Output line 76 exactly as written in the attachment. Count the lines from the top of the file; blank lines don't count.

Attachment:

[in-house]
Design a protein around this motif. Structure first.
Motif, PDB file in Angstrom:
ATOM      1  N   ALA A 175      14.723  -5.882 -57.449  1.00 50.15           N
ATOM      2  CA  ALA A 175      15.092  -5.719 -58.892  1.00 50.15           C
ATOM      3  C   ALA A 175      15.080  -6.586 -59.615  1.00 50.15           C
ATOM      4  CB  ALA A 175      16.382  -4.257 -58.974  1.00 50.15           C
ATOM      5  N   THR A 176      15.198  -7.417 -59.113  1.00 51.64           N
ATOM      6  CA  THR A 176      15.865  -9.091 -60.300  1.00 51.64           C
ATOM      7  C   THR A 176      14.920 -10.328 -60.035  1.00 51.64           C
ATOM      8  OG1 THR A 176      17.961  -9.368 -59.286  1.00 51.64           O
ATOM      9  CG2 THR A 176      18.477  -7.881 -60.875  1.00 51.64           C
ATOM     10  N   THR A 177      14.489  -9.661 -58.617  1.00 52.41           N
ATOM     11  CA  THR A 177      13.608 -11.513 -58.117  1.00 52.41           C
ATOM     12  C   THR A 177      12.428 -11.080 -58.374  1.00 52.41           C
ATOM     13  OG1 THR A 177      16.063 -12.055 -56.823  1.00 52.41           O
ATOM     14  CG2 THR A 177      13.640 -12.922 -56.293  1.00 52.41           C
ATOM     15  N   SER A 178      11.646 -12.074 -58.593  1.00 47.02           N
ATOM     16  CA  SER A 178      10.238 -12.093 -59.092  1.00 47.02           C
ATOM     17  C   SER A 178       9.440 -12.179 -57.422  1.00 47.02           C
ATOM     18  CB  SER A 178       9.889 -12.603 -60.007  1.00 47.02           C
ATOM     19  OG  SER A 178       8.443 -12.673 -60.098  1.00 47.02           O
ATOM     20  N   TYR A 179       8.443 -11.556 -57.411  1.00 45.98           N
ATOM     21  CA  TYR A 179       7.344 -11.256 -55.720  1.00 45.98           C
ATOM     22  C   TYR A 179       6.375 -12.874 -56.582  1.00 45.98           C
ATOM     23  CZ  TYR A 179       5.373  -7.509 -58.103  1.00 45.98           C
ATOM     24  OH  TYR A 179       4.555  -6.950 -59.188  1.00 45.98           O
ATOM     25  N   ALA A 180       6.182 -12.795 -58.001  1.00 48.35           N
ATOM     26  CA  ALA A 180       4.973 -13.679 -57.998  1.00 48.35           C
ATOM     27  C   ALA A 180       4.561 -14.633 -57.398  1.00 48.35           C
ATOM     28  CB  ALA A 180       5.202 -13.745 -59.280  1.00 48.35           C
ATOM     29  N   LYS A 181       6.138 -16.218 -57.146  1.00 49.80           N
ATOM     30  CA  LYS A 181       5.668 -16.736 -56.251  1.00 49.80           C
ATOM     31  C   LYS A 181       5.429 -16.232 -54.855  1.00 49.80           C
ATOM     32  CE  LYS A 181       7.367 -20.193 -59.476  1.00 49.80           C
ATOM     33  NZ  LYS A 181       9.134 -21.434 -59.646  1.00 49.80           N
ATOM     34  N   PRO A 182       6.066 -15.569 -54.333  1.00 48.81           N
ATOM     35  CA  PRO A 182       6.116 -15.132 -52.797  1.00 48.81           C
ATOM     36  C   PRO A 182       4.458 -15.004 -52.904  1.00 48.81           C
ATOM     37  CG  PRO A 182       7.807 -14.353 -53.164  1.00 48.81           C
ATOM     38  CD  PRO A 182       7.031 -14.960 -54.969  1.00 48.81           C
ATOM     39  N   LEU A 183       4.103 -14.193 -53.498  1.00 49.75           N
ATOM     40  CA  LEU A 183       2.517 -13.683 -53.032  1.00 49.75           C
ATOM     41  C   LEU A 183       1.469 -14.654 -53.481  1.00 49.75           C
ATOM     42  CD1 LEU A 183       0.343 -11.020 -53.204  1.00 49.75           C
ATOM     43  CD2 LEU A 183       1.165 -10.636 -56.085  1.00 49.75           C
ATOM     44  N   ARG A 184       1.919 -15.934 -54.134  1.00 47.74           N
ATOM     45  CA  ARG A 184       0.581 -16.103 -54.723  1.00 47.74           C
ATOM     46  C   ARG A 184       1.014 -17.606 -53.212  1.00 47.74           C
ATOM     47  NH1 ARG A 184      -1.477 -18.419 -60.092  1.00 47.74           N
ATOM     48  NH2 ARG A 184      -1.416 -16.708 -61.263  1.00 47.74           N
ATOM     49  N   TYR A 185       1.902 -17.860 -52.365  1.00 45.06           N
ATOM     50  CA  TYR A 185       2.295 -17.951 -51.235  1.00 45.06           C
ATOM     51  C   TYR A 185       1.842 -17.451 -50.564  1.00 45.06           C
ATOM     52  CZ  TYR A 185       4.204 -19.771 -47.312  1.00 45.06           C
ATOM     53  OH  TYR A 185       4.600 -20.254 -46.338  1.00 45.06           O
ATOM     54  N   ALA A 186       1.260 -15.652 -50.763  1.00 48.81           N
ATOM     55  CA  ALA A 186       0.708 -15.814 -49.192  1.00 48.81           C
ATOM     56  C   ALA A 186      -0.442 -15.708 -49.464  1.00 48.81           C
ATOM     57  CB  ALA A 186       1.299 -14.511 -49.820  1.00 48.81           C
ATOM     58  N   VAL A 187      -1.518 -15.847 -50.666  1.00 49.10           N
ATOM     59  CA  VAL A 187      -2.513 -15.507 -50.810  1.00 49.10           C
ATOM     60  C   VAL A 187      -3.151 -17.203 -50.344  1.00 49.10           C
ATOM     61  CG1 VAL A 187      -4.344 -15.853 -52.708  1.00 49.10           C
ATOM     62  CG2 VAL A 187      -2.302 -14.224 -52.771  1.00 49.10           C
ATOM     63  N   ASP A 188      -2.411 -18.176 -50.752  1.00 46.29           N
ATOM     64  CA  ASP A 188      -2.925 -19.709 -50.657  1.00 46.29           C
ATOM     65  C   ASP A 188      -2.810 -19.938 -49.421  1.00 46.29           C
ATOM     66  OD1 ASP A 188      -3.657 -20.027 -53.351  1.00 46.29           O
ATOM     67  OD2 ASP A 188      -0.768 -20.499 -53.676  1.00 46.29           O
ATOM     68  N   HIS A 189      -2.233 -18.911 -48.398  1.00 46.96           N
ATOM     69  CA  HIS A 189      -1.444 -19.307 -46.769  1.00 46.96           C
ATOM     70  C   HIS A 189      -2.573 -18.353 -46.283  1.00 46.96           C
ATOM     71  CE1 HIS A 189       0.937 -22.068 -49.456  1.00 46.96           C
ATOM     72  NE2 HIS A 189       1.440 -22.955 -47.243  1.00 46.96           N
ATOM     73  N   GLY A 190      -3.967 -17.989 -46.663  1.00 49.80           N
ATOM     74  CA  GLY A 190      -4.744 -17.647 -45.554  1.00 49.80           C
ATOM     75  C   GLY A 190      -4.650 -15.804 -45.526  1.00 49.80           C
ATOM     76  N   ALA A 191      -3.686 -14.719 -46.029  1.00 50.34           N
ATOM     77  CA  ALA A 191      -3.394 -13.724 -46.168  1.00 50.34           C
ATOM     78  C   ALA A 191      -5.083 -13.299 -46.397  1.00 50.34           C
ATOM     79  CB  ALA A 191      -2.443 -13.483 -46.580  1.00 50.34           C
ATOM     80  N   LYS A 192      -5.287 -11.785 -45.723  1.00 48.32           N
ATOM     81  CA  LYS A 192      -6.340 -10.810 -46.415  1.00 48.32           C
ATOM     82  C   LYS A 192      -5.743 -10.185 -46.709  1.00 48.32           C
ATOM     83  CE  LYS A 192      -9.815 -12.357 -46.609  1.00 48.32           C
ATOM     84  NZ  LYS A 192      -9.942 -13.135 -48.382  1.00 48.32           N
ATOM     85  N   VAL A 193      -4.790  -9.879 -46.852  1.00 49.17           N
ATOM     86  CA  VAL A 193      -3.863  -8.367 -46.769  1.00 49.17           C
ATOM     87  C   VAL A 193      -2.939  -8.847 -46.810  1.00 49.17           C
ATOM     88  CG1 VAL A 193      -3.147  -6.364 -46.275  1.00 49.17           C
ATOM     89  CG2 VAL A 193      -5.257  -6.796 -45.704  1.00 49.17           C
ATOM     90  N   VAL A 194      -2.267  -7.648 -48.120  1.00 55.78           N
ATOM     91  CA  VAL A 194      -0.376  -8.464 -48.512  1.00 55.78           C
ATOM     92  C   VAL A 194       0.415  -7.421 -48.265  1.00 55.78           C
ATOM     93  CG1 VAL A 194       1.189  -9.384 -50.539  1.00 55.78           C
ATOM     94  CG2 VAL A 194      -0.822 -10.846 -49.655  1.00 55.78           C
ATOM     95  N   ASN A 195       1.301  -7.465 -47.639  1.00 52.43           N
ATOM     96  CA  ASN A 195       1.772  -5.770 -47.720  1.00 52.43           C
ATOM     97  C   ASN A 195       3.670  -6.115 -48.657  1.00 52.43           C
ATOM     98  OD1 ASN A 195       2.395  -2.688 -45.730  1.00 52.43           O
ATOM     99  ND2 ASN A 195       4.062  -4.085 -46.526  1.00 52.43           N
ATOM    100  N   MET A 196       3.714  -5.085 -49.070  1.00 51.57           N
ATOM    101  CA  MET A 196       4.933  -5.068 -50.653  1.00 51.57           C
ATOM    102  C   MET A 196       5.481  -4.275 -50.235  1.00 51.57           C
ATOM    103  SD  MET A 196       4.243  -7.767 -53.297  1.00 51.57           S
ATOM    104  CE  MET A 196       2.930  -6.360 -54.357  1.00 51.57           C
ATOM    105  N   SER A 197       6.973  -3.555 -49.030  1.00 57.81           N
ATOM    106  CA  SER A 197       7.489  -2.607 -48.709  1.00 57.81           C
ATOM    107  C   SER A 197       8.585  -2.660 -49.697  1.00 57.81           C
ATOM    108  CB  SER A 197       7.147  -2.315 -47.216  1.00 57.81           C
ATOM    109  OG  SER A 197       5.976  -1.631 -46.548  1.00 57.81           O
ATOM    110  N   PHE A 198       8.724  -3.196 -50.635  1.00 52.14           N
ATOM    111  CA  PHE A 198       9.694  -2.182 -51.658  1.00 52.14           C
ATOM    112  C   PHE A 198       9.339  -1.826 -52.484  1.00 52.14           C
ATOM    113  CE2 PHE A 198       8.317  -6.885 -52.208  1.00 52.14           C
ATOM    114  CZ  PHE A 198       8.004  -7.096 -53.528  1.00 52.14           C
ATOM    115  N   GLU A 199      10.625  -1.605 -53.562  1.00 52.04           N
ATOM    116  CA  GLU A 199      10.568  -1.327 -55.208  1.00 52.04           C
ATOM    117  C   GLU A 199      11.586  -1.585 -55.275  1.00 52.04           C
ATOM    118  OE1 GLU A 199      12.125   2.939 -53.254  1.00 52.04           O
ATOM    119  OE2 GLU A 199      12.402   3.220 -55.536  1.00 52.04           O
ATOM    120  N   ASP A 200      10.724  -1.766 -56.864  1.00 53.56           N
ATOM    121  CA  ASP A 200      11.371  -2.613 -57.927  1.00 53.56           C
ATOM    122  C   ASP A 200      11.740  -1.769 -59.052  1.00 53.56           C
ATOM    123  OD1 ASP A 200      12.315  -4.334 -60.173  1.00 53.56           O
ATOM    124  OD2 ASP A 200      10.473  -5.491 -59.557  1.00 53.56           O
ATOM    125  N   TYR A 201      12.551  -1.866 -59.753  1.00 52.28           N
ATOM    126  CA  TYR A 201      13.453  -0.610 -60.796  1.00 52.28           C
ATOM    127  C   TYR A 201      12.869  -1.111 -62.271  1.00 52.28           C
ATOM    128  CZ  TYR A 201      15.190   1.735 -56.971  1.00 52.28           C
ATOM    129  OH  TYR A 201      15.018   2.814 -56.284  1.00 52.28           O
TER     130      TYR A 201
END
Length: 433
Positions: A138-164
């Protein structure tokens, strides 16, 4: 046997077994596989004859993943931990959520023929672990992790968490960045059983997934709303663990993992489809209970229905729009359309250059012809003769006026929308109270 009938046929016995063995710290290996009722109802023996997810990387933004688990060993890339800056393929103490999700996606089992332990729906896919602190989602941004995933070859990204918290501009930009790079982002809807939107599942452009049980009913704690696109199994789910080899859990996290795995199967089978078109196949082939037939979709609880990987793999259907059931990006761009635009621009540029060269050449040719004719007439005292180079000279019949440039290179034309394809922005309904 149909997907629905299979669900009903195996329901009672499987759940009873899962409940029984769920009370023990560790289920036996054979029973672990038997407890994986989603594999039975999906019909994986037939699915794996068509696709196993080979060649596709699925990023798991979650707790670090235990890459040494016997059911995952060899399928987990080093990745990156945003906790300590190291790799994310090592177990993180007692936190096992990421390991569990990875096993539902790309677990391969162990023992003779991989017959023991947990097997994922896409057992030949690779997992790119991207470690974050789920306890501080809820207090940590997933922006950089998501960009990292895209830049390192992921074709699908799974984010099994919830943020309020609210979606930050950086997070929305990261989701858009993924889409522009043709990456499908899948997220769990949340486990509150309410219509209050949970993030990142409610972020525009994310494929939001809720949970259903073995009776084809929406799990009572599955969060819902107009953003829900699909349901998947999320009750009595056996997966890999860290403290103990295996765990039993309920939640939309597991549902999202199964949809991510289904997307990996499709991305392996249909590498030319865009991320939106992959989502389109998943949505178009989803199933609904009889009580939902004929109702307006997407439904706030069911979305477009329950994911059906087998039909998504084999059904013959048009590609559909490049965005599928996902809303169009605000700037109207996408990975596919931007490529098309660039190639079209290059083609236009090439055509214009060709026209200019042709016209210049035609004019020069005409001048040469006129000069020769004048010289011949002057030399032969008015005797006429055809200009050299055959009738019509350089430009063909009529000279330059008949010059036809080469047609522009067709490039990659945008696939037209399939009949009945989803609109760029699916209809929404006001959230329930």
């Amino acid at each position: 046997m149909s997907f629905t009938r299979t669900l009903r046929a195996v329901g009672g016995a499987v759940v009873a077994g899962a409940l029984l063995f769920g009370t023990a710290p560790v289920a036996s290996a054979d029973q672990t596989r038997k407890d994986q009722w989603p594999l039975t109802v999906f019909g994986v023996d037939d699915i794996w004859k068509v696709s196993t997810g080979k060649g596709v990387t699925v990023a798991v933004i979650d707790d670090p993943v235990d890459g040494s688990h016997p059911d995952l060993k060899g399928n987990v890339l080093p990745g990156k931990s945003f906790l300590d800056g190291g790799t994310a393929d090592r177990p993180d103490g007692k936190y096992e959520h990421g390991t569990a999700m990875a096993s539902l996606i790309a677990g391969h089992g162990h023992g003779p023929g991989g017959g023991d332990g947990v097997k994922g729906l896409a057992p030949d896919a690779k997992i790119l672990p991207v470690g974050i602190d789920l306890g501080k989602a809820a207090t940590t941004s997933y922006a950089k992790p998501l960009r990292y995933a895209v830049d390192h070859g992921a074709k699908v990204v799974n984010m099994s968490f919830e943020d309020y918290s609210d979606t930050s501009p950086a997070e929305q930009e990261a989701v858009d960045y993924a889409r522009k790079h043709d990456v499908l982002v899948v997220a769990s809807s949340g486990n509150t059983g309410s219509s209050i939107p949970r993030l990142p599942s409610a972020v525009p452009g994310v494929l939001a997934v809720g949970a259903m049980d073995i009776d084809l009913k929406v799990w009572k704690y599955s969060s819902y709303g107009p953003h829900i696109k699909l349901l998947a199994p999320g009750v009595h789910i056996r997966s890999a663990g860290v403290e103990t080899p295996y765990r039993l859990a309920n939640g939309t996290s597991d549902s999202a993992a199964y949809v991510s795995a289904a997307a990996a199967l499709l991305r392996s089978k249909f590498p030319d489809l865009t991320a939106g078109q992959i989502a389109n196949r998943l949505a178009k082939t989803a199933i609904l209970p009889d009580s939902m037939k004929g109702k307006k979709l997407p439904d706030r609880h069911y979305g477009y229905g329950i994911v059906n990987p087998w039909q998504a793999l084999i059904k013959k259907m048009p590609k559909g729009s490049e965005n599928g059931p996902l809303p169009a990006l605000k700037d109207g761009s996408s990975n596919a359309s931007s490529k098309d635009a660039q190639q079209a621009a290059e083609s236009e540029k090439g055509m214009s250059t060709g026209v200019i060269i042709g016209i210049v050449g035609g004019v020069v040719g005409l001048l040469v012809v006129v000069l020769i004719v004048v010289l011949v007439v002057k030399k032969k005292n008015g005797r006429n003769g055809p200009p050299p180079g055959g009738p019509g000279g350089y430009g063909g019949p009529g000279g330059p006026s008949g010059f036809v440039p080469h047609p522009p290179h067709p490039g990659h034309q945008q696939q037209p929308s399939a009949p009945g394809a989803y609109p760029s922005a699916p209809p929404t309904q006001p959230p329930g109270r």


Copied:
ATOM     73  N   GLY A 190      -3.967 -17.989 -46.663  1.00 49.80           N